Q: On a yearly lease that has been renewed twice with increases, the tenants are asking for a rent reduction. I’m willing to give a temporary rent reduction for one year. Is there a way for me to legally do this, and base future rent increases on the previous non-reduced rate?
A: You might informally agree to accept less rent from your tenants without objection. This is viable so long as no dispute arises later. However, as the question suggests, the lack of a formal adjustment may imply a waiver of the actual rent for the premises, and could lead to an effectively permanent rent reduction. This is especially true if the tenant develops any expectation that the reduction would continue indefinitely, or if the endpoint is in any way unclear. This is therefore the riskiest path.
Another alternative would be to mutually amend the lease with a temporary rent addendum. The addendum can state on its face that a rent reduction is applicable for a specific period of time, and then the rent is restored to the original value. If the same lease is renewed again in the future, the amendment would remain in place, but inoperative, since the effective dates would have passed. However, if the tenants change their mind during the reduction, or at any time after, they may petition the rent board for relief from an unlawful rent increase, despite the fact it was written into their contract. The possibility for open-ended uncertainty unfortunately makes even a mutual agreement an unattractive solution.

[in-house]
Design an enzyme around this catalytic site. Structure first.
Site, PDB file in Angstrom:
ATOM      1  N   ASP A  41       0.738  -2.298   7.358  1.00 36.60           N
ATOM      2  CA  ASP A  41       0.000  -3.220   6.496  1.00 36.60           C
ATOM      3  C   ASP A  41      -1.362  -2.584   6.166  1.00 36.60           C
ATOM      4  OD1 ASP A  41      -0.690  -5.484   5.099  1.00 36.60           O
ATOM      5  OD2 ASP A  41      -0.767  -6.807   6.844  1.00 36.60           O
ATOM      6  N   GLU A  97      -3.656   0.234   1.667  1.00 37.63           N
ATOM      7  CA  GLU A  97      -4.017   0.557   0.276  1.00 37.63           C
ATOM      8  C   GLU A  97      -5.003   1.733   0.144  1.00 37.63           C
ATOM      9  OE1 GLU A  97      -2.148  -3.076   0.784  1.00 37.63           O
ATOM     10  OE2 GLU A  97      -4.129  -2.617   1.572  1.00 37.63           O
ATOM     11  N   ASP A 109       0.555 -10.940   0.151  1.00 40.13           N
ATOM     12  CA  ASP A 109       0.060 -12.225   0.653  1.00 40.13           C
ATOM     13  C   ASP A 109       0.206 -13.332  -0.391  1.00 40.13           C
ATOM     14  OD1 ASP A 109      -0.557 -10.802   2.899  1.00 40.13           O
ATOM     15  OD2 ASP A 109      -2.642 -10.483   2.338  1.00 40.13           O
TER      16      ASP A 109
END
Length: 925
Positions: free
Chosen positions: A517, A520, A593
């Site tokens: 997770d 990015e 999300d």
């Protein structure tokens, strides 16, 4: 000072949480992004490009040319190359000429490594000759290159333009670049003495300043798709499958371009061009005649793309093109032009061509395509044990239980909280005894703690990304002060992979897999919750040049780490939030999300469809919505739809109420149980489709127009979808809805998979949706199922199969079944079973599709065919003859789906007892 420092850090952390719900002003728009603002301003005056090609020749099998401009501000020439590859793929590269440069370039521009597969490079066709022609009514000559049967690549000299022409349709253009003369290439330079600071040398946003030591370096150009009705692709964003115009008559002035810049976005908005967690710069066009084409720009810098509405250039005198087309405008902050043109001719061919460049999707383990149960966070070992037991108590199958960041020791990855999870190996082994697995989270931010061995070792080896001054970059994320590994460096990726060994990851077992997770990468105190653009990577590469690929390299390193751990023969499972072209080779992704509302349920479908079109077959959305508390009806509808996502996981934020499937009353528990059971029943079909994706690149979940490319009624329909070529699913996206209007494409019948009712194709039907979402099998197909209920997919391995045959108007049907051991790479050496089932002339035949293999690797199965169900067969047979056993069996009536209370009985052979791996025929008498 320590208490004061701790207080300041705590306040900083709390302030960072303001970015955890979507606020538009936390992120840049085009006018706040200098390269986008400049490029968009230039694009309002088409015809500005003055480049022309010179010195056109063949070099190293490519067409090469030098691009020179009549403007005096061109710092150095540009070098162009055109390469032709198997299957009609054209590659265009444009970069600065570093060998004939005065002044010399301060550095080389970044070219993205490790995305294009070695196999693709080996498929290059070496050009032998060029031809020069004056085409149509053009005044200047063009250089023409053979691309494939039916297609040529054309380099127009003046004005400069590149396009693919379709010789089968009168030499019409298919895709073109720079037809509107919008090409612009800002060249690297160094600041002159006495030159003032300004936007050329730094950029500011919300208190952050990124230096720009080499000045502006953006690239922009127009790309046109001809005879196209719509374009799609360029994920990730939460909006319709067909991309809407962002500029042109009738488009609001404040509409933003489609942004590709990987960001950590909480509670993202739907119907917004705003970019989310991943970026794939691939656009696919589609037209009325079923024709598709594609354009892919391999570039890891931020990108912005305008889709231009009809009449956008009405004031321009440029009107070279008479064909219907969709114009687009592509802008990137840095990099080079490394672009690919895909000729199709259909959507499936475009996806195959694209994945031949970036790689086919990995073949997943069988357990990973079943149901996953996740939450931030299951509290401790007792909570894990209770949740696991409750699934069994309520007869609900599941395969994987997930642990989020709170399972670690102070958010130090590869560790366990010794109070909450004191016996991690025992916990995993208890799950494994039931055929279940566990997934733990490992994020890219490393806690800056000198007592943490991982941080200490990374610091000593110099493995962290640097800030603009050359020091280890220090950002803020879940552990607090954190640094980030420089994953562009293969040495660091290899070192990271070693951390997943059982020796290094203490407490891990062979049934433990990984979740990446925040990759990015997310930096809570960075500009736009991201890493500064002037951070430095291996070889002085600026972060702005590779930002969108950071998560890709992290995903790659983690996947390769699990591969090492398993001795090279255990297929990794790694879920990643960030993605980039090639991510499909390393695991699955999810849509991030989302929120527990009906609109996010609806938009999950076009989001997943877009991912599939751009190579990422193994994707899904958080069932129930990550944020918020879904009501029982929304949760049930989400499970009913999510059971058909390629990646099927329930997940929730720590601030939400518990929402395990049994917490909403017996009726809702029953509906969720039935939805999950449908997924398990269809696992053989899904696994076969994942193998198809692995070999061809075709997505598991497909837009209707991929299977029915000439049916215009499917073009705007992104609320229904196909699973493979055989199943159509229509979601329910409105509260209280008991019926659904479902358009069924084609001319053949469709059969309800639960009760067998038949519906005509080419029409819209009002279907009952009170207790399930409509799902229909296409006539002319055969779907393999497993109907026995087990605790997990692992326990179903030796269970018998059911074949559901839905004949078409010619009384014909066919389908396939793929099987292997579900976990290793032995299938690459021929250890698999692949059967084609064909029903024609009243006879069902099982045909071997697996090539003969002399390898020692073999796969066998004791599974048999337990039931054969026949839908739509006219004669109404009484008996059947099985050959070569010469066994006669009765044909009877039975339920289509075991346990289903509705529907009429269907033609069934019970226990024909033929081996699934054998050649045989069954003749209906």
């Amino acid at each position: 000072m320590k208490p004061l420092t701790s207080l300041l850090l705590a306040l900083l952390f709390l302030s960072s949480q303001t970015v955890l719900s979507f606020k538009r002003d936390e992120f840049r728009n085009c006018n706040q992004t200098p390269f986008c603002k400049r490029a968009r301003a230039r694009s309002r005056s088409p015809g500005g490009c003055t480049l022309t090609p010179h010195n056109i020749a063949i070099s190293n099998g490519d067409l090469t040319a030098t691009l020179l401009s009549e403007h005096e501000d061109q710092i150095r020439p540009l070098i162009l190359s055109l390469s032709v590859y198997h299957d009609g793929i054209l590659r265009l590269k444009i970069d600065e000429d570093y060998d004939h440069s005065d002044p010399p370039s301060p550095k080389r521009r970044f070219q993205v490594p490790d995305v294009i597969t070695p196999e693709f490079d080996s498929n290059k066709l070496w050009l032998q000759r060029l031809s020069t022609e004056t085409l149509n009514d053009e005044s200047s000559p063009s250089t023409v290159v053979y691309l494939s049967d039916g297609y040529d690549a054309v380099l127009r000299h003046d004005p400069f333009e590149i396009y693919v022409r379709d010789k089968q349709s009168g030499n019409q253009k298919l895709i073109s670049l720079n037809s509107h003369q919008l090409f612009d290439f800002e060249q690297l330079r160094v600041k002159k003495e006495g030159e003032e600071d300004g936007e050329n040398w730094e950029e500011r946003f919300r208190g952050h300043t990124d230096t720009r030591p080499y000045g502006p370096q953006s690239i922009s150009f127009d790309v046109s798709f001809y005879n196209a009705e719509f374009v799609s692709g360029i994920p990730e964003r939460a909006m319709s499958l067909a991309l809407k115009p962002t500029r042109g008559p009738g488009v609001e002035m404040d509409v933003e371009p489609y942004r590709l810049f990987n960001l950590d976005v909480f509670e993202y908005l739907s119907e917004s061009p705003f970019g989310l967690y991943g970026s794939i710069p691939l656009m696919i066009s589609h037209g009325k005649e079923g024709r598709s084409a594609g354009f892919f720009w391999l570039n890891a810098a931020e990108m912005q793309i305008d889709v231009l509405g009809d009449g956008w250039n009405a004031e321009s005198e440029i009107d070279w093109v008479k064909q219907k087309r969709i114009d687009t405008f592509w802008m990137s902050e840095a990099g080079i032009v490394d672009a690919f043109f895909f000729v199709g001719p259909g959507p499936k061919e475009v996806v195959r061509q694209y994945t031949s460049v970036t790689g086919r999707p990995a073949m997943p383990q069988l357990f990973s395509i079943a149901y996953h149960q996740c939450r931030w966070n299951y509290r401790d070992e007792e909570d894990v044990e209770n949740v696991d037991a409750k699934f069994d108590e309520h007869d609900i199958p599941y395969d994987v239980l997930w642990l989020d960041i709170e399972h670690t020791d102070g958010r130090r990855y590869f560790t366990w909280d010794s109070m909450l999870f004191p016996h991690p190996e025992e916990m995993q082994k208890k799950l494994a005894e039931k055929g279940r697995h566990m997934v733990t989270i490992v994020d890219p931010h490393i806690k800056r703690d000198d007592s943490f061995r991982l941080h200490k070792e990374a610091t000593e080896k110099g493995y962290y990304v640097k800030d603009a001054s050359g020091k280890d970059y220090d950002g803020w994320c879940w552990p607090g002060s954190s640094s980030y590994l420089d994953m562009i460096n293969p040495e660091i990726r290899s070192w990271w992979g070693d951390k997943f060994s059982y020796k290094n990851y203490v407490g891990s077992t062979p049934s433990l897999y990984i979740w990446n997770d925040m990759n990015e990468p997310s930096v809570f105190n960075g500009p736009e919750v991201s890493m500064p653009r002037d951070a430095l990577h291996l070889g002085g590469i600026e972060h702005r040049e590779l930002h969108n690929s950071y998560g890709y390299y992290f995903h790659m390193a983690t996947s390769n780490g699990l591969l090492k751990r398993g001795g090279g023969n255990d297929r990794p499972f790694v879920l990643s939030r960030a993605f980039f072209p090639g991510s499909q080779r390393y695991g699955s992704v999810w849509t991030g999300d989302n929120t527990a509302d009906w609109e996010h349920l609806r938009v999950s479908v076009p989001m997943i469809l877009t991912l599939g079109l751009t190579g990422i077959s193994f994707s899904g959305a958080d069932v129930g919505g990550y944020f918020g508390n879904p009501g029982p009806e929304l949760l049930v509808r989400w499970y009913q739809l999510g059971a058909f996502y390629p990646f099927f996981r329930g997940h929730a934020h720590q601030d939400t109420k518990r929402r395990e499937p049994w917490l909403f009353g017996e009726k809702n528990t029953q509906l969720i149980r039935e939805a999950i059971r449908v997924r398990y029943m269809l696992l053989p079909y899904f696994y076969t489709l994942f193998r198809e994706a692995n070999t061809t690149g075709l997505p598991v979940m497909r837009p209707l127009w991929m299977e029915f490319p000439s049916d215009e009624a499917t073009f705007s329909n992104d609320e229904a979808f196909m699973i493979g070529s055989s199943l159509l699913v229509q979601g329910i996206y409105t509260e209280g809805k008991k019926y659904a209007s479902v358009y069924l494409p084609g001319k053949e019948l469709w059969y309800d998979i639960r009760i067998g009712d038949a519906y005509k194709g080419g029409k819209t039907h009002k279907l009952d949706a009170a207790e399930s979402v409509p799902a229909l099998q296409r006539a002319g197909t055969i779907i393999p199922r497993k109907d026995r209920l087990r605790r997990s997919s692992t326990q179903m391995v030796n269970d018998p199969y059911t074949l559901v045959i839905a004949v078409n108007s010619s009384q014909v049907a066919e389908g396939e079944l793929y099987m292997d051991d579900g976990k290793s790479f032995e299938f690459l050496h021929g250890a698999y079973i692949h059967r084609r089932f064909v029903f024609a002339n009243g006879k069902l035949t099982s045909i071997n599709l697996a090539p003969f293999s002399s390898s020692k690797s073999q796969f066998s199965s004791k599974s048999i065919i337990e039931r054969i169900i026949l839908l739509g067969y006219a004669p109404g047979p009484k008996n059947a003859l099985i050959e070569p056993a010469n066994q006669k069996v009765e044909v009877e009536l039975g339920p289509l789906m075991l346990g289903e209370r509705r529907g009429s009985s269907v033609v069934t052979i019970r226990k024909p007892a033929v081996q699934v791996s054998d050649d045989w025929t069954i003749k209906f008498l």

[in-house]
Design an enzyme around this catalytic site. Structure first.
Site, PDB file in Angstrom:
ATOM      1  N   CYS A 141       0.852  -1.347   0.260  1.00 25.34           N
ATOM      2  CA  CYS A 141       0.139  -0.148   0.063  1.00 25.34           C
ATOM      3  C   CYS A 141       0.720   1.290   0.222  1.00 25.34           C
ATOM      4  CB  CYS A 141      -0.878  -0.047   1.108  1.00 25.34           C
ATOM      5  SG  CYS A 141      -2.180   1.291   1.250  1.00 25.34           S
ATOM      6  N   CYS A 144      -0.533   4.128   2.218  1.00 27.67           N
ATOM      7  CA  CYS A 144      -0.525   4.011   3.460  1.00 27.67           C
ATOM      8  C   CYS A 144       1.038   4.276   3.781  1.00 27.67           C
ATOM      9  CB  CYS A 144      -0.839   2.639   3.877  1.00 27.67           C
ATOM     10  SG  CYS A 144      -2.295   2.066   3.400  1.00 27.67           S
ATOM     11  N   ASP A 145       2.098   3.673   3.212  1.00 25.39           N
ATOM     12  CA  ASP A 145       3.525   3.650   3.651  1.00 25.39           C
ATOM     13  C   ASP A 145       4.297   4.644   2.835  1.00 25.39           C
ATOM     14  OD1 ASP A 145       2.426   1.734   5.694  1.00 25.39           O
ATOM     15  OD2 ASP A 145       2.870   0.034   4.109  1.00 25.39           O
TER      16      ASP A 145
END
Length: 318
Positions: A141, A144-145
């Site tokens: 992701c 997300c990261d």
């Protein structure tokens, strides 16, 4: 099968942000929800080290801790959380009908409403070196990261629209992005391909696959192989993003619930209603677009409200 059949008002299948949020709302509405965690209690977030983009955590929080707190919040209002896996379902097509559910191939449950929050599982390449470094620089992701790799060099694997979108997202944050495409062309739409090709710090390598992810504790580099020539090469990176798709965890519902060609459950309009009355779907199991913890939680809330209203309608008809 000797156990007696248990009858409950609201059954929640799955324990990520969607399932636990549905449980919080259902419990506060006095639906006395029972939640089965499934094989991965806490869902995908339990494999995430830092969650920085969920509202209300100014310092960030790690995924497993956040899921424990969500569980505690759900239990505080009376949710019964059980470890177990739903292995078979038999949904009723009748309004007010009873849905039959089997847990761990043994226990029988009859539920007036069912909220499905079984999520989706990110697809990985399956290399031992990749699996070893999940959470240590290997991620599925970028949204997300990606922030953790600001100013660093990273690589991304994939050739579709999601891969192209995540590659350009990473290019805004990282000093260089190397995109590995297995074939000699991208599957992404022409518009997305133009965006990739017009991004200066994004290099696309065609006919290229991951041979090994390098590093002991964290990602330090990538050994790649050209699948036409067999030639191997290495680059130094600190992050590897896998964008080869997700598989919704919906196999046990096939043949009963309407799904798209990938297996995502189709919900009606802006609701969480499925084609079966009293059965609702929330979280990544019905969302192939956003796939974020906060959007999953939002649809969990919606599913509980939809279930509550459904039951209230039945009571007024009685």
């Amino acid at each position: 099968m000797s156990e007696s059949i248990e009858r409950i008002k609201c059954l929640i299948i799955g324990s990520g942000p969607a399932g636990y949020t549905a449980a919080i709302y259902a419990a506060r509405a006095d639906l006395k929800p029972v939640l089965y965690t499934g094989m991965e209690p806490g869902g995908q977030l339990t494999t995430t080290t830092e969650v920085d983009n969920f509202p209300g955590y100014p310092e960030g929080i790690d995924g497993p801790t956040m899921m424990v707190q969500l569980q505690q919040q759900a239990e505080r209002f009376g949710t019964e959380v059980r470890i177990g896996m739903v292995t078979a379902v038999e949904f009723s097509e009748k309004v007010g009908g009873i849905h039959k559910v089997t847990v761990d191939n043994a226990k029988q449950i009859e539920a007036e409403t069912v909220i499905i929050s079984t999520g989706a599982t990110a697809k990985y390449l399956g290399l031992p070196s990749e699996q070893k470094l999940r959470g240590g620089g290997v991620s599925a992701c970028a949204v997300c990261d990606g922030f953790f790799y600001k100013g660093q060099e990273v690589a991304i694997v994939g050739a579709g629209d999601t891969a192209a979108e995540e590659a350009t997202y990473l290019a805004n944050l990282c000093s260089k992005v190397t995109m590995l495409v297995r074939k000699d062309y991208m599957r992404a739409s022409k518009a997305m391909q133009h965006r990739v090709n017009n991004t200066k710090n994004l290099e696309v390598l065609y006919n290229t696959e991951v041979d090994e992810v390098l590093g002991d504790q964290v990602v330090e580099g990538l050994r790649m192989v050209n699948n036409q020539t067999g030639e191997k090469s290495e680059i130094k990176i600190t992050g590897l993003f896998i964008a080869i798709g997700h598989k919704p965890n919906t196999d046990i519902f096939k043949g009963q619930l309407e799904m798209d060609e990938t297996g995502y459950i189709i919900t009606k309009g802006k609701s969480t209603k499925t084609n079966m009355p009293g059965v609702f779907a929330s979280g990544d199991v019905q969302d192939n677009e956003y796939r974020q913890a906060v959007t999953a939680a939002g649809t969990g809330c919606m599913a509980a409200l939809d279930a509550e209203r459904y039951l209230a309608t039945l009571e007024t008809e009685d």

A safer method would be to accept the lower rent amount, but with a receipt issued to the tenant every month stating that you are conditionally accepting the partial payment, but reserving the right to request the balance in the future. You may then choose not to enforce the balance outstanding. This explicitly reserves your rights to avoid the waiver, but allows you to accept reduced rent temporarily. You may cease reserving your rights once you decide the original rent should be due. This also has the advantage of allowing you to withdraw the “reduction” earlier if you decide the basis for the reduction no longer exists.
Another possibility is for the tenants to continue paying the base rent up front, and then the landlord refunds a portion equal to the rent “reduction.” That ensures that the rent is paid in full, and the “reduction” becomes a gift transaction, rather than a rent transaction. This has the clear advantage of requiring the tenants to perform in good faith in order to receive the discount, but obviously requires the tenants to possess the money to begin with. If the tenants do not, a variation could have the landlord gifting the “reduction” to the tenants first, who turn around and pay the rent in full. However, in that case the landlord bears the full risk of loss.
Because there is no established safe harbor for landlords to temporarily reduce rent for their units, the regrettable result is that it is better to strictly enforce the lease in full, without any charity. But if you must forebear receiving rent to preserve a good tenant, either issue a refund after receiving the rent in full, or clearly reserve your rights to collect the full amount, in writing, after each and every partial payment by your tenants.
Copyright © 2017 by Fried & Williams LLP. All Rights Reserved. The information in this article is general in nature and should not be considered legal advice. For any specific matter, please consult with an attorney.